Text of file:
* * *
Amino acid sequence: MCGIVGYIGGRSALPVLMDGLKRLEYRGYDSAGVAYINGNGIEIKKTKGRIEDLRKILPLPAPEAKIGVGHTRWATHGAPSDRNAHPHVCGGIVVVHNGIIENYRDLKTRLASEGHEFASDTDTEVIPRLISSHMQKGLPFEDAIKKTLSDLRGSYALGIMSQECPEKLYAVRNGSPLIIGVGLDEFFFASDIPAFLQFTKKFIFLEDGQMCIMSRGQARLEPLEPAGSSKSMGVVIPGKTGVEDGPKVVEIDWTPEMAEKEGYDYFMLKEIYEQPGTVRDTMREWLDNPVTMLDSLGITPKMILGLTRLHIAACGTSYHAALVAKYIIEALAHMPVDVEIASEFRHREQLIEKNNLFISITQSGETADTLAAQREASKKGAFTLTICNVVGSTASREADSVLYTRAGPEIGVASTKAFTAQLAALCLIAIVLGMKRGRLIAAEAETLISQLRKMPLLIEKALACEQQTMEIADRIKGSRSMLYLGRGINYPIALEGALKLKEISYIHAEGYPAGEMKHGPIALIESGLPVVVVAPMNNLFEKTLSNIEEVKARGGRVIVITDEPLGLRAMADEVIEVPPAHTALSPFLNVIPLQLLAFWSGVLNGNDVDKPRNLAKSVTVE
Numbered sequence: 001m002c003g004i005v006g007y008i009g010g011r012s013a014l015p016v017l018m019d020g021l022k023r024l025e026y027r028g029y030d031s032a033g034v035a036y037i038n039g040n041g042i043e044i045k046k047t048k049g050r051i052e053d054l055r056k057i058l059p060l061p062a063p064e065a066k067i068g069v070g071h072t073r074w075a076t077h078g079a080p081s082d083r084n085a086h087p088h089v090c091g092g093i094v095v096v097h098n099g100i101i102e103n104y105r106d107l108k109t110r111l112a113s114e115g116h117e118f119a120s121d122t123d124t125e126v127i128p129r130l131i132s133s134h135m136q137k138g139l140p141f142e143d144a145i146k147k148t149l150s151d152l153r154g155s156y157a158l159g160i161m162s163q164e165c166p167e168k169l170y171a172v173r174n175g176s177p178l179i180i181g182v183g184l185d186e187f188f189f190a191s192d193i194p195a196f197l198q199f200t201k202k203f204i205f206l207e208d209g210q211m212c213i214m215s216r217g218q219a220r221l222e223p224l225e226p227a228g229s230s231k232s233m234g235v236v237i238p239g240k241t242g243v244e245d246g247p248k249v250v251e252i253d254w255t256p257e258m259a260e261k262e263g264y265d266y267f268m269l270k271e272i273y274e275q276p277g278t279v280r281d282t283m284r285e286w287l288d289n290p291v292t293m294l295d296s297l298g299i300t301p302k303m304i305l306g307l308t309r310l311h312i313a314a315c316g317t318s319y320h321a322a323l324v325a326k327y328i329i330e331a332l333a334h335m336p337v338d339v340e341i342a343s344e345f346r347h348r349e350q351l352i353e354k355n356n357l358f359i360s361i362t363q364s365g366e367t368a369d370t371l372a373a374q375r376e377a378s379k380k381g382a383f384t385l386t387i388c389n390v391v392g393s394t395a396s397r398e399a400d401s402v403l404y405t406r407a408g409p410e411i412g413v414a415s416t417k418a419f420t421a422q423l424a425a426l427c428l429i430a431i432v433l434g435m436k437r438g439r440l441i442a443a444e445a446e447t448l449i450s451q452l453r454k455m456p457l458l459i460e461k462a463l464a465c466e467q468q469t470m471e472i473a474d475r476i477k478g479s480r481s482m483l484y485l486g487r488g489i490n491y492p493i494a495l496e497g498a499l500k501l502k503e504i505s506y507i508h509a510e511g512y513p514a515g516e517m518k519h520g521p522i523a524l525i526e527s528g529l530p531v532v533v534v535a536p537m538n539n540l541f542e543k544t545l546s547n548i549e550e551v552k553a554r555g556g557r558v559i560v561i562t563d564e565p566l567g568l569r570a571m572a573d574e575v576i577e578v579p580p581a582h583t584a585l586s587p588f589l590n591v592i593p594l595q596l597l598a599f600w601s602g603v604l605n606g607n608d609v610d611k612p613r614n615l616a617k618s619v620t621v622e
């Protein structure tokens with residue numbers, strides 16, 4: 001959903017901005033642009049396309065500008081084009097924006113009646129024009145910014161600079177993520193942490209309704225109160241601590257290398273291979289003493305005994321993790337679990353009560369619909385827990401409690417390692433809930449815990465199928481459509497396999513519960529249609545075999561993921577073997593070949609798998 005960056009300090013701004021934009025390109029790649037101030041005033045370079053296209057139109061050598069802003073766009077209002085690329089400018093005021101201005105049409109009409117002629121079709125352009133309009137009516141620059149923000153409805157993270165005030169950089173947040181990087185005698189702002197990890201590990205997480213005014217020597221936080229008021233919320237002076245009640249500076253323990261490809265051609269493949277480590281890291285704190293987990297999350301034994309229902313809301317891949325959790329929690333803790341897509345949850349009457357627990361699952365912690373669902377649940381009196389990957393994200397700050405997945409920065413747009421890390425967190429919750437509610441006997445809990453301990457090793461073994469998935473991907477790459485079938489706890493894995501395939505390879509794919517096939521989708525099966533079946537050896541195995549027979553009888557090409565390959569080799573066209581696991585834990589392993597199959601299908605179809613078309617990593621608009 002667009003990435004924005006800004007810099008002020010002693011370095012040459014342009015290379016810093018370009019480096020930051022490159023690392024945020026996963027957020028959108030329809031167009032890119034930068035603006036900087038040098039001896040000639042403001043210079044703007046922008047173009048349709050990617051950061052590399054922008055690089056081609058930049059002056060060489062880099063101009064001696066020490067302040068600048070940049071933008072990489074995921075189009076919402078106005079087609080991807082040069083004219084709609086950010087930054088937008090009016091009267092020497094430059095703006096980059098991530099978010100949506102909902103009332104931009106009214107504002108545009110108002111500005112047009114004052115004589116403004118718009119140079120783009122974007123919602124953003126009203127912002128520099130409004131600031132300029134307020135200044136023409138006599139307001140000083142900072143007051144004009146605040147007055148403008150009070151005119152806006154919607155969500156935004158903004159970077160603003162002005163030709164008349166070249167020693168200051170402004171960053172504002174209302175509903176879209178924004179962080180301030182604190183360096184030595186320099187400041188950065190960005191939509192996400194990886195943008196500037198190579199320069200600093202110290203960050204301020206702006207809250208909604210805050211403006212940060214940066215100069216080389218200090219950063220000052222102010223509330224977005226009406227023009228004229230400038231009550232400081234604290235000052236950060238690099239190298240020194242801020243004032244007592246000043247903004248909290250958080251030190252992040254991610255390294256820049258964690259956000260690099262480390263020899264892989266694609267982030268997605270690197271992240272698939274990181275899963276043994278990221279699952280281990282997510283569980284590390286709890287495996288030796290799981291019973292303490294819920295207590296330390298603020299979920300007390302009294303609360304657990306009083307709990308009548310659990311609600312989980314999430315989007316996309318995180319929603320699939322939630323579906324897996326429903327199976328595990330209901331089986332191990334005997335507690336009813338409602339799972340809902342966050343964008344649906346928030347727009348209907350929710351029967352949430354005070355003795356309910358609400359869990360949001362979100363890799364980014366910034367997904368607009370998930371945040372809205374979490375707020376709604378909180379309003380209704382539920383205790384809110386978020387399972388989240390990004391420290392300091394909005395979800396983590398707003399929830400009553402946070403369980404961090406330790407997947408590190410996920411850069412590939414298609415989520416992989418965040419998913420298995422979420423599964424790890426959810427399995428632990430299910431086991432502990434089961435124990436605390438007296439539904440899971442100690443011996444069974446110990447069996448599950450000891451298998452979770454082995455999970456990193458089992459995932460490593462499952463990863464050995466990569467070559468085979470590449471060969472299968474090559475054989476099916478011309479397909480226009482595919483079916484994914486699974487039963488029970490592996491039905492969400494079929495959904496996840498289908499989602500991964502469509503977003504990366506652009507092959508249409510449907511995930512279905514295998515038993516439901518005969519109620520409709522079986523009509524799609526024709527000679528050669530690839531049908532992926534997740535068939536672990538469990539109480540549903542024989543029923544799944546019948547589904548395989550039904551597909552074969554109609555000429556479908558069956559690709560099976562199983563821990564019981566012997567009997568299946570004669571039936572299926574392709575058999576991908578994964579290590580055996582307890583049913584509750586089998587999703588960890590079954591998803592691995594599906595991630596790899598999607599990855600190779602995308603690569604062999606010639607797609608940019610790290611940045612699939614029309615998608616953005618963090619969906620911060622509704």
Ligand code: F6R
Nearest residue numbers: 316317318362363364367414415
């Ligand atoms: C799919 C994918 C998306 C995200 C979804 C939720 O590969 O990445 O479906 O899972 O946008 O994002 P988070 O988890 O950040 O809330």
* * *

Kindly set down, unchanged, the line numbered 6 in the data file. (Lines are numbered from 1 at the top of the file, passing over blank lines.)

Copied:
């Ligand atoms: C799919 C994918 C998306 C995200 C979804 C939720 O590969 O990445 O479906 O899972 O946008 O994002 P988070 O988890 O950040 O809330």